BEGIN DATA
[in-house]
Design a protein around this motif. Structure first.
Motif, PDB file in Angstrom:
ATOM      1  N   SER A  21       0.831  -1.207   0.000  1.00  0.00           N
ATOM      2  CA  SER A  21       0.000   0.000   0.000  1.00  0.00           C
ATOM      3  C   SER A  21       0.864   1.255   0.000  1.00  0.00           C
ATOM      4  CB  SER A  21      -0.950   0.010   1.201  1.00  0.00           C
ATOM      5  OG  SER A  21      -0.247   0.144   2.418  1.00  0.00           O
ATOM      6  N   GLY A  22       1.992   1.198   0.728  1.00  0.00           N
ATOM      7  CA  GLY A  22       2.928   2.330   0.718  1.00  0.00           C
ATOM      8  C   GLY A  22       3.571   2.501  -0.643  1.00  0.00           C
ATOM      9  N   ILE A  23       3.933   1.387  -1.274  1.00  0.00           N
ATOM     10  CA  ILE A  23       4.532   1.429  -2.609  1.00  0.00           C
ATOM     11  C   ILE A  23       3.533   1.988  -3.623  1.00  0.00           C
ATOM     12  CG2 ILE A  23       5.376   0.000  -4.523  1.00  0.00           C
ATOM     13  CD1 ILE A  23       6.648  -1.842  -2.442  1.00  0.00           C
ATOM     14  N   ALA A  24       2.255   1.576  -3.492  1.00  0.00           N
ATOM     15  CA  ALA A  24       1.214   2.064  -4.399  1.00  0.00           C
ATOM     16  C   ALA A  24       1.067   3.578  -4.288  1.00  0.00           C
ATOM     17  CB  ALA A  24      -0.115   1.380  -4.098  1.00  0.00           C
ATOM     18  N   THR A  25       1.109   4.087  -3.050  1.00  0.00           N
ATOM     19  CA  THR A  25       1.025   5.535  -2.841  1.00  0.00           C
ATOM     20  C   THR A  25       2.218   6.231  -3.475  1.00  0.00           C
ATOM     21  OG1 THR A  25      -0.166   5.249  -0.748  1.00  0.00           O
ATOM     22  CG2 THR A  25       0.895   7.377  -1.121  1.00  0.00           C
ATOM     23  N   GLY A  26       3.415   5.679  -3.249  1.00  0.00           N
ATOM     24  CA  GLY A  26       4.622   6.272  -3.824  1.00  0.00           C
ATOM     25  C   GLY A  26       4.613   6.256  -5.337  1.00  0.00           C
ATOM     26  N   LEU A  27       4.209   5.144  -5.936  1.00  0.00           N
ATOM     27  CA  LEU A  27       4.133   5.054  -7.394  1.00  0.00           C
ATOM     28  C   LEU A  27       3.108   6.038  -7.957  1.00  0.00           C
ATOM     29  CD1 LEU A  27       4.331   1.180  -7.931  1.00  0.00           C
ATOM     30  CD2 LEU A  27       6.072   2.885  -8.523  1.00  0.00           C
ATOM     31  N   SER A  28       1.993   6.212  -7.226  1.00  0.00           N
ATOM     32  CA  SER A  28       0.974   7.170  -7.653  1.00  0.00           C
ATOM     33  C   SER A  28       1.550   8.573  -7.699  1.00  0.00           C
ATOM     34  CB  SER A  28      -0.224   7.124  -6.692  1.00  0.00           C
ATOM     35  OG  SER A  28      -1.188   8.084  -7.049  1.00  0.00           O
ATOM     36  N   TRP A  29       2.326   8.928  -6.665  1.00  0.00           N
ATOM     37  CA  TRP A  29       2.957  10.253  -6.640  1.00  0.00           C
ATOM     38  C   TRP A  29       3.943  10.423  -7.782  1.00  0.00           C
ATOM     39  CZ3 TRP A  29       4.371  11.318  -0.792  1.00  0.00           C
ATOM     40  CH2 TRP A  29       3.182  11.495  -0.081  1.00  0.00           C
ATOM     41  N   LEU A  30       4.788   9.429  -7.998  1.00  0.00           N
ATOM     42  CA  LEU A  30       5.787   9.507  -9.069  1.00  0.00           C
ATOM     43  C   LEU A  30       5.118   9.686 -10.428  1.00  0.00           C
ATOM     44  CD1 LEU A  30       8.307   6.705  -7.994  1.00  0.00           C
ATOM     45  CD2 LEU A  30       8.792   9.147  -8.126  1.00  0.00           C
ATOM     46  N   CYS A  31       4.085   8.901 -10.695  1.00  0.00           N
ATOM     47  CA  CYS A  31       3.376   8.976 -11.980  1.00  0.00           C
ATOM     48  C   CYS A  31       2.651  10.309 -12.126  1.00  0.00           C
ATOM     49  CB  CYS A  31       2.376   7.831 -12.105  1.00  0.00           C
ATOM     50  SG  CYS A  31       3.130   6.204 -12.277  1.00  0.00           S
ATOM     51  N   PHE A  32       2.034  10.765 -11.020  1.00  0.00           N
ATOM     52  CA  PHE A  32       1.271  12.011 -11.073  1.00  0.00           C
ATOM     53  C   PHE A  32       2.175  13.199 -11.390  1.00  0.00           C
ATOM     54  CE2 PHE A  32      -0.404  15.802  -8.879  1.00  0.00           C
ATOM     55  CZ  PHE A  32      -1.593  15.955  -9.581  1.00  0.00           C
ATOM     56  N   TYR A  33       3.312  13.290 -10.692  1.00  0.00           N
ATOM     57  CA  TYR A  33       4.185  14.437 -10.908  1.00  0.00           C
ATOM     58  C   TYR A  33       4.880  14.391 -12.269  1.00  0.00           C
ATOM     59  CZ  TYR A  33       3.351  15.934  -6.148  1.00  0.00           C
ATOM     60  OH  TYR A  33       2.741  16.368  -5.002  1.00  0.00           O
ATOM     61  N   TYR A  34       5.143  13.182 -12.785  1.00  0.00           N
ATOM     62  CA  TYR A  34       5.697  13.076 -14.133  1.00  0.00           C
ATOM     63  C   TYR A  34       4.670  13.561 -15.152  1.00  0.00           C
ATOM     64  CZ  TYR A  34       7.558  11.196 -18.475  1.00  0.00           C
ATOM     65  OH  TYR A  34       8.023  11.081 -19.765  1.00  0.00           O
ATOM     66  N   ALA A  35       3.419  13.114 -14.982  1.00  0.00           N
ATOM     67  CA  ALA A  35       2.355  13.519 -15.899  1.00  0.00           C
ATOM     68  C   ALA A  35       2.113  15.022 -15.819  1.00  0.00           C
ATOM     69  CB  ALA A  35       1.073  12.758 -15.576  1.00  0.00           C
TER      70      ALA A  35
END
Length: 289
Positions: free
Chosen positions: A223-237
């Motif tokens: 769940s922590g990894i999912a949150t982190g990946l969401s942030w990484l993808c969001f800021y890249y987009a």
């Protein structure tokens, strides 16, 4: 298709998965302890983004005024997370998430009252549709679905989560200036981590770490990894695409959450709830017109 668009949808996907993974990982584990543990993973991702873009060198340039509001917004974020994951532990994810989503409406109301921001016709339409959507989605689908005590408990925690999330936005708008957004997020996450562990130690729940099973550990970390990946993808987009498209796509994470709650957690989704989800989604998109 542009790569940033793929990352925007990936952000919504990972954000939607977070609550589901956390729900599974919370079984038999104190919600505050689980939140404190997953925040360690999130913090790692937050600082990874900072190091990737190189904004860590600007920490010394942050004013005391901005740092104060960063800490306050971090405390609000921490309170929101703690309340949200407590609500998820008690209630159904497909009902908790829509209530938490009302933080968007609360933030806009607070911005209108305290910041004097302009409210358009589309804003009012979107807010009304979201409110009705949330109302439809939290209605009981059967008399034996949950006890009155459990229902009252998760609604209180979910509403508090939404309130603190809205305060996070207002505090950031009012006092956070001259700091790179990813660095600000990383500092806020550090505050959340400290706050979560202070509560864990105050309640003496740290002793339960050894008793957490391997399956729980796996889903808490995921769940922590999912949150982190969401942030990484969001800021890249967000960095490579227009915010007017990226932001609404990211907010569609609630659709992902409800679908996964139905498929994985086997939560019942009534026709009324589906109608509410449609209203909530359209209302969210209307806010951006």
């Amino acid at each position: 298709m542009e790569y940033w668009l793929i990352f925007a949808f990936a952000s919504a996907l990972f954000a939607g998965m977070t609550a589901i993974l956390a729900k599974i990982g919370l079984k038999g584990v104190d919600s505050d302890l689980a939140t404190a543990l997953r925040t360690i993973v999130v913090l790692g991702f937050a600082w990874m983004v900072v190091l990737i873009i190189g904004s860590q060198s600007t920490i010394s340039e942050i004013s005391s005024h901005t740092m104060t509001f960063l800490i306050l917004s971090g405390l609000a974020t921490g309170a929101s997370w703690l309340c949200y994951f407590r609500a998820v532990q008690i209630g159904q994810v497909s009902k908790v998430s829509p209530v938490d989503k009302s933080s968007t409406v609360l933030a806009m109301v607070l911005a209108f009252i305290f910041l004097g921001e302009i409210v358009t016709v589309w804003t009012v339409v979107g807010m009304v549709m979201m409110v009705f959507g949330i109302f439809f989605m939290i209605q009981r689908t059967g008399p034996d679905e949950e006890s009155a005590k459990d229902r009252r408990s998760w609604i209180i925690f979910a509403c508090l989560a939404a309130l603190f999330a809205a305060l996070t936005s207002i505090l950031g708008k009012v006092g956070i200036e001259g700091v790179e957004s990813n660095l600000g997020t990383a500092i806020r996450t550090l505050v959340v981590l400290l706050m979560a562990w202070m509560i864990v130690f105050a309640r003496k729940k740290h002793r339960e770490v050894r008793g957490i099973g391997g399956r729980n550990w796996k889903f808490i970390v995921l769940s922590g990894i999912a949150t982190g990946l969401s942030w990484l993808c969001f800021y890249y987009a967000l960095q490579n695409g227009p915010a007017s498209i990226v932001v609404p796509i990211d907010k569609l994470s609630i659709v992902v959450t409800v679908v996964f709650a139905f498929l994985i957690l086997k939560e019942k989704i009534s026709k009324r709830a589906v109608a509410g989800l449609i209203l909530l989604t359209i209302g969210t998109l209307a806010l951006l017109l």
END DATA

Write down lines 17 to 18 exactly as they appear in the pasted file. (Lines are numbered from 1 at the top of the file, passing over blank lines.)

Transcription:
ATOM     14  N   ALA A  24       2.255   1.576  -3.492  1.00  0.00           N
ATOM     15  CA  ALA A  24       1.214   2.064  -4.399  1.00  0.00           C